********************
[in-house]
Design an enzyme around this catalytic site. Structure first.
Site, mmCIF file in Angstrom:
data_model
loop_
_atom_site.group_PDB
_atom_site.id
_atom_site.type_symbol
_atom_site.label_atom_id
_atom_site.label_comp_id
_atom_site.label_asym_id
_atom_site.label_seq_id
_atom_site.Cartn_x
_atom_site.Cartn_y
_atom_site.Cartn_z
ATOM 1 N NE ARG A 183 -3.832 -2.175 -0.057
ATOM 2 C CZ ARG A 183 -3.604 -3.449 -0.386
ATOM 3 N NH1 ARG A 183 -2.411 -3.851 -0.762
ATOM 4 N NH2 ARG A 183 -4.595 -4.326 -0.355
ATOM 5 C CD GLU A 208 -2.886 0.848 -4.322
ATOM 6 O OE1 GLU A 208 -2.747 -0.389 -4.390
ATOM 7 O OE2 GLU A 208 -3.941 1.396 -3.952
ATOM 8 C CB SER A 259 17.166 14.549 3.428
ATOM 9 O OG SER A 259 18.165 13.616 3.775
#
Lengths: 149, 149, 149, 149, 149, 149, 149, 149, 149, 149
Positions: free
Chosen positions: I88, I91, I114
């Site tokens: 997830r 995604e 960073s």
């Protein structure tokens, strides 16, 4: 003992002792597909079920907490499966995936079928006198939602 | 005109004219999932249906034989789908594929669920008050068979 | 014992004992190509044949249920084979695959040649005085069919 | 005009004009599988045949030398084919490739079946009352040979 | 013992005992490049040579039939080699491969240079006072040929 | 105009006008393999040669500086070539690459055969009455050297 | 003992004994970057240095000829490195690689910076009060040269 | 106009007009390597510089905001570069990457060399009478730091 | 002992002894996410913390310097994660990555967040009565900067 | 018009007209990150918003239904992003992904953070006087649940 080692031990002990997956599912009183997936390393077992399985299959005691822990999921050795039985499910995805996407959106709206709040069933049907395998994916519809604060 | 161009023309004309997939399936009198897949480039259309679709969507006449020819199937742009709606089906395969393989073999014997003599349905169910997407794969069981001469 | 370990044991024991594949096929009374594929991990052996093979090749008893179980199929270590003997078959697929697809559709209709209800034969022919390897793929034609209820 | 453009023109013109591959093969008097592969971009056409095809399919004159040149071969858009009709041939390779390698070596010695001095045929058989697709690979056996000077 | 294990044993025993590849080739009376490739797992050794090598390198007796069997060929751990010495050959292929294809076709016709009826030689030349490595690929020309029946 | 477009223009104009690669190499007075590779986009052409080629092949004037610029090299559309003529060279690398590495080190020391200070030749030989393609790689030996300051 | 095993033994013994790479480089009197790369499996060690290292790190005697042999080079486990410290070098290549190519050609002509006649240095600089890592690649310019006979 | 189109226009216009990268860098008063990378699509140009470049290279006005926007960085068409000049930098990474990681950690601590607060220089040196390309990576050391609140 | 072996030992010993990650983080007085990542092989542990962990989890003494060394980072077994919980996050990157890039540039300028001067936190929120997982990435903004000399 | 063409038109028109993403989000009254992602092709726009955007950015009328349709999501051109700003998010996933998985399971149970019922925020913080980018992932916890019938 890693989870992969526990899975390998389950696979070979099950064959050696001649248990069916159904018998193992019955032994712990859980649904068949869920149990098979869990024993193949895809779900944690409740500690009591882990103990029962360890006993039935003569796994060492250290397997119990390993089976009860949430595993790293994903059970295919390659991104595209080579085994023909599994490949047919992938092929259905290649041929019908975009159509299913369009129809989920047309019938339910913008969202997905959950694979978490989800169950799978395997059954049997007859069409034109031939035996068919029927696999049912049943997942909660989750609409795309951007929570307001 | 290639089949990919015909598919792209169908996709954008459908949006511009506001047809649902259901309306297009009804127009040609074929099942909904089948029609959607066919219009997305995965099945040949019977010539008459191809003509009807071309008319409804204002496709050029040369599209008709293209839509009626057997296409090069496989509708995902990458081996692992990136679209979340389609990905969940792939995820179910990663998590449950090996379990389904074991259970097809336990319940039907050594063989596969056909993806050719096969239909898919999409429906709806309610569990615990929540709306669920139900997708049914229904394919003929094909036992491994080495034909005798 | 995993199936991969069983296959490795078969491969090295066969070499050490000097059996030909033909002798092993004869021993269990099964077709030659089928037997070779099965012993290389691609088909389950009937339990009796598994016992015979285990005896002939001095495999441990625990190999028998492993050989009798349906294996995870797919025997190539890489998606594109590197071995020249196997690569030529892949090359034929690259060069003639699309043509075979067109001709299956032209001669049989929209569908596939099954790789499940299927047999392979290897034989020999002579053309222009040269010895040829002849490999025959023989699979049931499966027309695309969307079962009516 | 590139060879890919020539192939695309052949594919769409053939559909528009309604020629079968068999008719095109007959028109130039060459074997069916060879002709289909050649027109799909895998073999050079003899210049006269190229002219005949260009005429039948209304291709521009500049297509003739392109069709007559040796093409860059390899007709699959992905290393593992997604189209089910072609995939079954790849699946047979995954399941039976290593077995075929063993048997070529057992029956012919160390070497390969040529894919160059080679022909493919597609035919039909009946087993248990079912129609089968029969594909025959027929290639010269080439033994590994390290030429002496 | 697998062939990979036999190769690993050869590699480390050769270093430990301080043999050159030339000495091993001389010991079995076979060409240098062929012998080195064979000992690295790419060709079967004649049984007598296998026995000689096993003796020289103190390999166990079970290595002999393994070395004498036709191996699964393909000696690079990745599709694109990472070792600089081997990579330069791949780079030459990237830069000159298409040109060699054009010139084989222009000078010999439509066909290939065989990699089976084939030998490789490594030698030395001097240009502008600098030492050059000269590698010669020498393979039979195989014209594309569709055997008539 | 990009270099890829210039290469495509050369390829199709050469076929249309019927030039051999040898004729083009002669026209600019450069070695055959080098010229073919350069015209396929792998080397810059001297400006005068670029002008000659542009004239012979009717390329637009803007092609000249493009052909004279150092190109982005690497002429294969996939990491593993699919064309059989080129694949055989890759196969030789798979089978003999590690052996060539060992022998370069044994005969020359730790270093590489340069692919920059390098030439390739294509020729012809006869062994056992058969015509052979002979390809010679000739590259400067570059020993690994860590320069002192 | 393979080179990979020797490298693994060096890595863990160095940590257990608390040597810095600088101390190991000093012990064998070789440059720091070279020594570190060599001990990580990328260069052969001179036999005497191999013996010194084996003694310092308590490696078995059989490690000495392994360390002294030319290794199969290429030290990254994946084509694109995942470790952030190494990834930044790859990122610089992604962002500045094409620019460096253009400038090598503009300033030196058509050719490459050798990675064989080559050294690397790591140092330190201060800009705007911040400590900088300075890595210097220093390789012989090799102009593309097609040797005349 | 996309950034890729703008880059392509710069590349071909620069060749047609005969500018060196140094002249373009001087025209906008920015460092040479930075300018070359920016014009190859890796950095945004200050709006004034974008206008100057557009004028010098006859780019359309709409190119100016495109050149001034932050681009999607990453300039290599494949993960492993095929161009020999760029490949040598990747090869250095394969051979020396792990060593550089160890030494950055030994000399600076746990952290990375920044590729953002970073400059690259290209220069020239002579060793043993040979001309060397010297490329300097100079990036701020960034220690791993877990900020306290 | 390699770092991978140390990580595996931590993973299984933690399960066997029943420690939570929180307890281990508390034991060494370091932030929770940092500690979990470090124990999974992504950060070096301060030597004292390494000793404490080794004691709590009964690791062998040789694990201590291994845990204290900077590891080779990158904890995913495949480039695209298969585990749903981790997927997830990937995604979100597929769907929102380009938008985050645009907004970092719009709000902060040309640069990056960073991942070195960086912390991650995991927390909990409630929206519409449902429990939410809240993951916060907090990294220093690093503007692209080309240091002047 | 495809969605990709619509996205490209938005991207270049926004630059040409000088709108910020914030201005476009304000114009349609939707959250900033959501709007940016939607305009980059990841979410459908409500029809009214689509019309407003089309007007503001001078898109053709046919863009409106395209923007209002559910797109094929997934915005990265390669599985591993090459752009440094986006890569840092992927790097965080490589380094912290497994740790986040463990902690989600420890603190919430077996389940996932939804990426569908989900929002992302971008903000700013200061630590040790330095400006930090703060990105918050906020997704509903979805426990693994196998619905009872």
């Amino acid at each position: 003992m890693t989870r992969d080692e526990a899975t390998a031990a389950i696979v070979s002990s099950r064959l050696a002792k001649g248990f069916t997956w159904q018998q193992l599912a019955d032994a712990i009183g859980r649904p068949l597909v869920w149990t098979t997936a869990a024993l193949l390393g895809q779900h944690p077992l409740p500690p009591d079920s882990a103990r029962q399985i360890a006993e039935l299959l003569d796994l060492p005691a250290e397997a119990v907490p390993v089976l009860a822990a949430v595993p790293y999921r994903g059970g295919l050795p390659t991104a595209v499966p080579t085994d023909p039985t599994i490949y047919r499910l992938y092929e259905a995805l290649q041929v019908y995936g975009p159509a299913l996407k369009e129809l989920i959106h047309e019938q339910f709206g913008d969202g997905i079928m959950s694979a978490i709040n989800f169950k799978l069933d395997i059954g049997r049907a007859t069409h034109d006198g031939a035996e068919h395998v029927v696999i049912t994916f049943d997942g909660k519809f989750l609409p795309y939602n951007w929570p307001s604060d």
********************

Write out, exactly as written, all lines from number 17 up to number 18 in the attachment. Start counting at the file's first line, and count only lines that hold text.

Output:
ATOM 2 C CZ ARG A 183 -3.604 -3.449 -0.386
ATOM 3 N NH1 ARG A 183 -2.411 -3.851 -0.762